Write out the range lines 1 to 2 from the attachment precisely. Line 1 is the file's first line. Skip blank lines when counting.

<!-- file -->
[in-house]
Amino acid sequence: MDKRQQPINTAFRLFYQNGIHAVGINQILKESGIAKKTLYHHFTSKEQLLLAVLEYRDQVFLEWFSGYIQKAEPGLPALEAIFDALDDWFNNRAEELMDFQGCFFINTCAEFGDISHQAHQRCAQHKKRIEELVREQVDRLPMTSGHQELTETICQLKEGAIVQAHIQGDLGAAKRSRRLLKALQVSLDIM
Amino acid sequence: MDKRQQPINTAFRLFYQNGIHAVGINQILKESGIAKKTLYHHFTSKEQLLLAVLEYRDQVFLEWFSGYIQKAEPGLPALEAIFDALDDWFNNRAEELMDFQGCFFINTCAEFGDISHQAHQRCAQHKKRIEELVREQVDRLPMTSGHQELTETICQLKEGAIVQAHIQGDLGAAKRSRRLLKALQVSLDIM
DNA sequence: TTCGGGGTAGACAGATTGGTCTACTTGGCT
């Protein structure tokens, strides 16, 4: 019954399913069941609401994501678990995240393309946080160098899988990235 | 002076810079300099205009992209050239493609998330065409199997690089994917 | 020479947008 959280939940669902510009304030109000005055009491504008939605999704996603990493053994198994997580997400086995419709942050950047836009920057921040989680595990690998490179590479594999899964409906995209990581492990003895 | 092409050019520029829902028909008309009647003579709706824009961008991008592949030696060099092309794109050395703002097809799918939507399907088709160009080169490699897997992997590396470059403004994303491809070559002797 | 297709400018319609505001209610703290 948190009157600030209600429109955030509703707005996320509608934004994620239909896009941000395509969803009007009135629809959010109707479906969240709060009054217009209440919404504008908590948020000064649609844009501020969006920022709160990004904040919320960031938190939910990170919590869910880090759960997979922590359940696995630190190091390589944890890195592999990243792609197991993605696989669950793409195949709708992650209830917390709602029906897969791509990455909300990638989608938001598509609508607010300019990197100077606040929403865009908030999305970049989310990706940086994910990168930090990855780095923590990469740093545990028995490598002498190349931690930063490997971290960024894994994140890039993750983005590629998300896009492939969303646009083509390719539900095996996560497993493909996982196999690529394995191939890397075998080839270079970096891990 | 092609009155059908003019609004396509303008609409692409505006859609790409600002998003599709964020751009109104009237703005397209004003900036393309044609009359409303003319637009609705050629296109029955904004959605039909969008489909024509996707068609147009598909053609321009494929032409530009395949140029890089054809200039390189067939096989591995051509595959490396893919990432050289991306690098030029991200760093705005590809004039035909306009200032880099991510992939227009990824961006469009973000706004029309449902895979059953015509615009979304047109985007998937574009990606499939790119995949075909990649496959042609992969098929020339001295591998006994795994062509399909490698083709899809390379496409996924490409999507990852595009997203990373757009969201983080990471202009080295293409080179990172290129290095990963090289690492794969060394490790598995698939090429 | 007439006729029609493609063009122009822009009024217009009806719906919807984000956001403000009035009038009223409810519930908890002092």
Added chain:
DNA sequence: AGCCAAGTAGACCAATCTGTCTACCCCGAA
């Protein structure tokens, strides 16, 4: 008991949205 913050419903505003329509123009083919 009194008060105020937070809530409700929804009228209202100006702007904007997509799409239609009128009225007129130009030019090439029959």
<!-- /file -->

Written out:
[in-house]
Amino acid sequence: MDKRQQPINTAFRLFYQNGIHAVGINQILKESGIAKKTLYHHFTSKEQLLLAVLEYRDQVFLEWFSGYIQKAEPGLPALEAIFDALDDWFNNRAEELMDFQGCFFINTCAEFGDISHQAHQRCAQHKKRIEELVREQVDRLPMTSGHQELTETICQLKEGAIVQAHIQGDLGAAKRSRRLLKALQVSLDIM